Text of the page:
Brown Envelopes: What is it a Gift or a Bribe?

Is it a gift or a bribe? Anthropologists have found that gifts create two kinds of relationships: those between equals and those that establish subordination.

The “poison in the gift,” is a term used when one accepts gifts at the cost of subordination.

If a politician lacks the means to reciprocate the gift as an equal how else can they  return the favour? Whether the expectation of a return ‘favour’ is ever articulated as a “quid pro quo” is beside the point. The gifts don’t have to be expensive.

Gifting the media:

Malcolm Moore, a Daily Telegraph journalist, tweeted out a media event in China held by  New Zealand dairy giant Fonterra, which was trying to patch up a report of a botulism threat from dirty pipes. Fonterra was eager to calm fears so people in China would continue to buy their expensive milk, especially after the 2008 Sanlu poisoning disaster in which hundreds of babies in China drank toxic milk.

Moore tweeted that brown envelopes were given to Chinese journalists but apparently not to the Western reporters:

Fonterra handing out brown envelopes of cash to Chinese journalists, a “media allowance”. Common practice here, but…—    malcolmmoore (@MalcolmMoore) August 05, 2013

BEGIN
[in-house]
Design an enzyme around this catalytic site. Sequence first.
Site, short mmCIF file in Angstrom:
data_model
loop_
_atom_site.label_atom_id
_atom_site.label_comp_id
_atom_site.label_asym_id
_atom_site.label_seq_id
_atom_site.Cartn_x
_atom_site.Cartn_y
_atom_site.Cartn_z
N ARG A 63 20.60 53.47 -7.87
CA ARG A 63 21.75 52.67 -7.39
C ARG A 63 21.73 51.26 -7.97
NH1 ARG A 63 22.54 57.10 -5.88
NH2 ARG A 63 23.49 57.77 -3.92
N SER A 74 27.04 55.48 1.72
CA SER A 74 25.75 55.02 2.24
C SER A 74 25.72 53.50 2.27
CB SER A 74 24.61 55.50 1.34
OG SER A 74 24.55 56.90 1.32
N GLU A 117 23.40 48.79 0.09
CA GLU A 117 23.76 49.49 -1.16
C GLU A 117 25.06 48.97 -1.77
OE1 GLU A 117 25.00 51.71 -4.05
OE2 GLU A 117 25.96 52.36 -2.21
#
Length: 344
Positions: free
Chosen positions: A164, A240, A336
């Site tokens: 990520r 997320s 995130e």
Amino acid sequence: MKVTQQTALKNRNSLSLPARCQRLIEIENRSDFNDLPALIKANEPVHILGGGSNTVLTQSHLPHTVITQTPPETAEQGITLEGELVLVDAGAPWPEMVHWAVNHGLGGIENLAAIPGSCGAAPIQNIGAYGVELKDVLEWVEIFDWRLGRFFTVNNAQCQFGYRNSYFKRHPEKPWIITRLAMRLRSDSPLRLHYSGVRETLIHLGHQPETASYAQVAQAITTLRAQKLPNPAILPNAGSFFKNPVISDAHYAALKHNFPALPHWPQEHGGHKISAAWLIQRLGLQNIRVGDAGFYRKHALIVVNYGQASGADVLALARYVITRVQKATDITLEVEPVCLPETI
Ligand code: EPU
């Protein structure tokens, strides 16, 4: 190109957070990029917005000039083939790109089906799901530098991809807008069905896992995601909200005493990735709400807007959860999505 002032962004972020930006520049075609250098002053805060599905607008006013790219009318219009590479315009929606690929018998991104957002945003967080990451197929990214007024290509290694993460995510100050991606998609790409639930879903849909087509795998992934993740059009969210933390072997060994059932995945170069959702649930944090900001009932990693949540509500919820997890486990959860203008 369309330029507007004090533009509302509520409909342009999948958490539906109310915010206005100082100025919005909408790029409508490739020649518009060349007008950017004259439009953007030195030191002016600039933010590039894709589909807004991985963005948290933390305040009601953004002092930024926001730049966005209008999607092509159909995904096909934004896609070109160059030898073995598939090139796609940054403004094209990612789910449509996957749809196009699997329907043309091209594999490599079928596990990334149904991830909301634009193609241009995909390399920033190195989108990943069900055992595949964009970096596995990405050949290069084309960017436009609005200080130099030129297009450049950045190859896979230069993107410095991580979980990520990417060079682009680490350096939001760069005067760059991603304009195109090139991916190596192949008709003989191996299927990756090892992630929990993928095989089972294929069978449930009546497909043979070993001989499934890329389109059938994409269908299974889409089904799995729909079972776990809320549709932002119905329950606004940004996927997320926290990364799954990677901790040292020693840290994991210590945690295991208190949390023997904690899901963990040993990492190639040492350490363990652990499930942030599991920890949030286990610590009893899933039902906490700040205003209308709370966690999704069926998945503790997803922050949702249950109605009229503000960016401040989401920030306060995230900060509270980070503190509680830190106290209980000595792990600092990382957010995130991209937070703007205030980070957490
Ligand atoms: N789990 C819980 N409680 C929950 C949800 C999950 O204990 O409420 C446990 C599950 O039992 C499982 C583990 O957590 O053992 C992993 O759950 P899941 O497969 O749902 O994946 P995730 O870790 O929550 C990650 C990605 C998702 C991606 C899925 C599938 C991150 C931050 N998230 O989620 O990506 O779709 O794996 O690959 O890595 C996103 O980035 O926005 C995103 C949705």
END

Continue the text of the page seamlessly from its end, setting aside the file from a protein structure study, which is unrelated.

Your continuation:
Fonterra PR says she wasn’t aware of the brown envelopes of cash, frowns and declines to comment.—    malcolmmoore (@MalcolmMoore) August 05, 2013

The amount of cash would not have been significant. It would have been enough to cover the cost of travel and maybe lunch. Shanghai Daily journalists disclosed that this is a common practice in China, particularly in covering business events and the inference of gift giving in such a context ensures favourable publicity.

Gift giving is a Chinese custom and, unlike in the West, cash is an acceptable gift.  In a business networking context, the line between giving gifts and bribery is a blurred one. Many foreign companies working in China have an official no cash gifts policy – either receiving or giving.

Gifts are given in all cultures, and to a remarkably similar effect. As every graduate student in anthropology learns, gifts by their nature create social ties and a sense of reciprocal obligation.

It is a given that politics in Canada is awash in gifts from donors who expect something in return. If that something were spelled out too clearly, it would invite a legal problem. It would also drain gifts of their magic, which lies in their ability to compel an expectation of return without specifying exactly how the return should be made.

Canadian journalists may not receive brown envelopes of cash, but that could be explained because corporations here own the media and therefore bigger packages are required.  The lack of specificity in the act of gifting allows politicians and media to say they are not being bribed, while the undeniable power of the gift enables the donor to buy loyalty.

In this grey area between the bribe and the gift, corruption runs rampant.

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